Former Democratic National Committee head Donna Brazile writes in a new book that she seriously contemplated setting in motion a process to replace Hillary Clinton as the party’s 2016 presidential nominee with then-Vice President Biden in the aftermath of Clinton’s fainting spell, in part because Clinton’s campaign was “anemic” and had taken on “the odor of failure.”
In an explosive new memoir, Brazile details widespread dysfunction and dissension throughout the Democratic Party, including secret deliberations over using her powers as interim DNC chair to initiate the process of removing Clinton and running mate Sen. Tim Kaine (Va.) from the ticket after Clinton’s Sept. 11, 2016, collapse in New York City.
Brazile writes that she considered a dozen combinations to replace the nominees and settled on Biden and Sen. Cory Booker (N.J.), the duo she felt most certain would win over enough working-class voters to defeat Republican Donald Trump. But then, she writes, “I thought of Hillary, and all the women in the country who were so proud of and excited about her. I could not do this to them.”
Brazile paints a scathing portrait of Clinton as a well-intentioned, historic candidate whose campaign was badly mismanaged, took minority constituencies for granted and made blunders with “stiff” and “stupid” messages. The campaign was so lacking in passion for the candidate, she writes, that its New York headquarters felt like a sterile hospital ward where “someone had died.” [Washington Post, Nov. 4, 2017; emphasis added throughout]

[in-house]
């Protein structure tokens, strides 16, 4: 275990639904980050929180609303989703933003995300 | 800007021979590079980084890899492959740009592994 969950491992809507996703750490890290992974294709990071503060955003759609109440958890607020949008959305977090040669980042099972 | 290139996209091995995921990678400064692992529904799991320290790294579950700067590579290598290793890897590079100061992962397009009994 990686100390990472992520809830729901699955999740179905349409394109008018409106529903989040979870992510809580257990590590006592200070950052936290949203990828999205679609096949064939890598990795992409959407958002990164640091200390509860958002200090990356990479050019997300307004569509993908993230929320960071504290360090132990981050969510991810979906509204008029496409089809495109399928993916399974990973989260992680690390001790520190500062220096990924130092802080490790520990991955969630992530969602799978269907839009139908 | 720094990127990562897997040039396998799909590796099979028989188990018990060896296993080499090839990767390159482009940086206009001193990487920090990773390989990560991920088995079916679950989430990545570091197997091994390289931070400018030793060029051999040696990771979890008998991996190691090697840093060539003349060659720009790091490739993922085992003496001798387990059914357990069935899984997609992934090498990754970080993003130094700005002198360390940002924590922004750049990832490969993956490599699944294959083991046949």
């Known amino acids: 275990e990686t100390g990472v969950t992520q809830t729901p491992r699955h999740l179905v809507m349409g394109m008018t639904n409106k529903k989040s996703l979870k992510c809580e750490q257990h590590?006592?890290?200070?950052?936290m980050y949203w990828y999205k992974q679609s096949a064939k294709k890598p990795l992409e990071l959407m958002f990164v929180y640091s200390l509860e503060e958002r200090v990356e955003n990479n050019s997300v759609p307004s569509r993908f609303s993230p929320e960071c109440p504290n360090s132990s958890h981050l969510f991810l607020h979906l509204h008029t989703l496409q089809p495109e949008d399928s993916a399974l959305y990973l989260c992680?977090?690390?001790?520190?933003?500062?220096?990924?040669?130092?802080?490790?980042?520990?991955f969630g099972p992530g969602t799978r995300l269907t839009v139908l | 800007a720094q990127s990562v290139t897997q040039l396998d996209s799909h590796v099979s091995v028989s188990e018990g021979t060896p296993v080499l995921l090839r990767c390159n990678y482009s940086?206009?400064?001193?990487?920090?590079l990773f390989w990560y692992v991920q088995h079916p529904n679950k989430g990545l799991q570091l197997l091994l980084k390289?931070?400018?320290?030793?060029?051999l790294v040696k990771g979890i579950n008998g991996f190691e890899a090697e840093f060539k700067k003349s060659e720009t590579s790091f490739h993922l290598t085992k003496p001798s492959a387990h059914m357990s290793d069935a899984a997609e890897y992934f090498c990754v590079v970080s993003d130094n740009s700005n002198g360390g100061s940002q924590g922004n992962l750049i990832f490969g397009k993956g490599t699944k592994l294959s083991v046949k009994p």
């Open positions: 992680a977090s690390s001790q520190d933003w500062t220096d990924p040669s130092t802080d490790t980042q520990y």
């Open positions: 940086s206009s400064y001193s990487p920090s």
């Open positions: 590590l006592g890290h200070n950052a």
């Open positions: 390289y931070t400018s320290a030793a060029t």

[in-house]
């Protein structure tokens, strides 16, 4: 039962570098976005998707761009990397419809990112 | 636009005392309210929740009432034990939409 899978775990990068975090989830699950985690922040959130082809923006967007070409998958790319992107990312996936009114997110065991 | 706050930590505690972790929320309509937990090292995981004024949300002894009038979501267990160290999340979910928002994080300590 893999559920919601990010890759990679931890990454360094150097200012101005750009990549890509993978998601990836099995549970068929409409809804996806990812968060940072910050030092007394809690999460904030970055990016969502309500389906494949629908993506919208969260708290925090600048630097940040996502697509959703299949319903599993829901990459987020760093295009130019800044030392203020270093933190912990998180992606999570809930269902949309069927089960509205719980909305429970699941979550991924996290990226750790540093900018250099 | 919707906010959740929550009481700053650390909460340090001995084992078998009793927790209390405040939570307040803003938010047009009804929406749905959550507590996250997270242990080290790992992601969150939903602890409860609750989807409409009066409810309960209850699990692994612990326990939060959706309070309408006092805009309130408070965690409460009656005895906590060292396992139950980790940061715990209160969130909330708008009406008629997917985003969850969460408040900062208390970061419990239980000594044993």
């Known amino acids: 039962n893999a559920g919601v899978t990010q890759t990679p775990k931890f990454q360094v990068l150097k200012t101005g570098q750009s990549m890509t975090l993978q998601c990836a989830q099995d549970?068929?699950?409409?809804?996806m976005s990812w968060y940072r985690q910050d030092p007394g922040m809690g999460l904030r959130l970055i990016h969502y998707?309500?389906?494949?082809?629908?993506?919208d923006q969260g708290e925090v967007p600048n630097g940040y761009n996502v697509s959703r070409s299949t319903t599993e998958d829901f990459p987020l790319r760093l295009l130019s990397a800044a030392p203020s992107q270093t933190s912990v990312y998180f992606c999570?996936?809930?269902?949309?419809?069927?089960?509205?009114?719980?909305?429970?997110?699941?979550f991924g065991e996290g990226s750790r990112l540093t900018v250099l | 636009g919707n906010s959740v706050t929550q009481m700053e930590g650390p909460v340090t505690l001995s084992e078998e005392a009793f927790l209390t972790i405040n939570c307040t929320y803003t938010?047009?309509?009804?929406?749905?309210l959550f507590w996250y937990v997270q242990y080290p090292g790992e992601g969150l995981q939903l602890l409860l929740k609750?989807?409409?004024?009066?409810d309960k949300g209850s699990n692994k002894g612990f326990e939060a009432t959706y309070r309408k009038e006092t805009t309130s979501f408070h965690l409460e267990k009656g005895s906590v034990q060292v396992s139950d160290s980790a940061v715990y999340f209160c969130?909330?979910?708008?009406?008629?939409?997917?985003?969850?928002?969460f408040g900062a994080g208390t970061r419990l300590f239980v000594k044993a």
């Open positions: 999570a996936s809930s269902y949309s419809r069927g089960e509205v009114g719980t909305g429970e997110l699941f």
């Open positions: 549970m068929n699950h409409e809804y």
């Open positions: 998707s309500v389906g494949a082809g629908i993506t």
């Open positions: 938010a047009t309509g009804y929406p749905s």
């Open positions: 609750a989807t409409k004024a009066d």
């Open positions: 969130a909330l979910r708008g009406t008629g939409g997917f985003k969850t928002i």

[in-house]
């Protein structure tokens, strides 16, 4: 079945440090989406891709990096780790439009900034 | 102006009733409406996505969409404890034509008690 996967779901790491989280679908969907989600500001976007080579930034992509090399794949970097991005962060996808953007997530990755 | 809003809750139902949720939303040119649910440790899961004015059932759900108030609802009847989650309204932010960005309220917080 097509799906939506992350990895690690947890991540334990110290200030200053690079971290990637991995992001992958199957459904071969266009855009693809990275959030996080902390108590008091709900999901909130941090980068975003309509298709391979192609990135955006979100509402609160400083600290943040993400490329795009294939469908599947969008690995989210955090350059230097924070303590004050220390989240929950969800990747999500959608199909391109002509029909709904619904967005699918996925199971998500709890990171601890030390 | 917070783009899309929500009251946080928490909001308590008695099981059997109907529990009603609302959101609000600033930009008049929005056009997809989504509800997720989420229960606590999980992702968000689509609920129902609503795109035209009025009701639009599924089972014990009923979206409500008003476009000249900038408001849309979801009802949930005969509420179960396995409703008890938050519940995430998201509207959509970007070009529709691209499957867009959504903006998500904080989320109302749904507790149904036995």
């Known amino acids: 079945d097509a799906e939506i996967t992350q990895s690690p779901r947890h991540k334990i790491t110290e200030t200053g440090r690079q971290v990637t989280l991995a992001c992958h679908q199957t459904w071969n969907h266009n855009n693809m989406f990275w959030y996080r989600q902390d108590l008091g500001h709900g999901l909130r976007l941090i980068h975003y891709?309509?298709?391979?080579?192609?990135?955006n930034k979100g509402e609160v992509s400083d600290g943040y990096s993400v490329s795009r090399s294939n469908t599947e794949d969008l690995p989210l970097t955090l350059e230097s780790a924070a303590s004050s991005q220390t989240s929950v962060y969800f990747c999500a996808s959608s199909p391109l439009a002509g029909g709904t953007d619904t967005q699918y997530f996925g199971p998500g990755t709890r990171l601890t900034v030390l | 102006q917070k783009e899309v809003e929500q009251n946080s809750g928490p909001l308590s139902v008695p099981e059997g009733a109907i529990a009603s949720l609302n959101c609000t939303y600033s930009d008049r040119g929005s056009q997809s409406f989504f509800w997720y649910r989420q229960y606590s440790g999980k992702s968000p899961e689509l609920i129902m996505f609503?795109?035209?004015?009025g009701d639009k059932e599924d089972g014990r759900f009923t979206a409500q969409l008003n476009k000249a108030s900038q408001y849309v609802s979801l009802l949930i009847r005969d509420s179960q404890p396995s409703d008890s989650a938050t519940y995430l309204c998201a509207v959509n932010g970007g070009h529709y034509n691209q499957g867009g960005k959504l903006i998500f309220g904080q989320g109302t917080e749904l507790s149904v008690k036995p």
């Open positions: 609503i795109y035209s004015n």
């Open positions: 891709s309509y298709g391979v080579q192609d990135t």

Dawdling into the past doesn't appeal to me much. 2016 has come and gone. And so perhaps it is just a personal leaning that wishes Brazile had taken the counsel of her "anemic" assessment. And further, that reporters had picked up on the comment that she "could not [replace Hillary Clinton]" at the expense of all those excited and proud American women supporters. What did that mean? Was Brazile falling prey to the notion that women voters deserved to be thrown a sexist bone because of the bad historical treatment they had received? Did she imagine women voters were really that superficial? How would her statements be greeted if the word "men" were substituted for "women?"

Of course, Brazile's second-hand account may be fobbed off on her need to have a back-up plan if Clinton's illness were more than the pneumonia that was subsequently used to describe her fainting fit.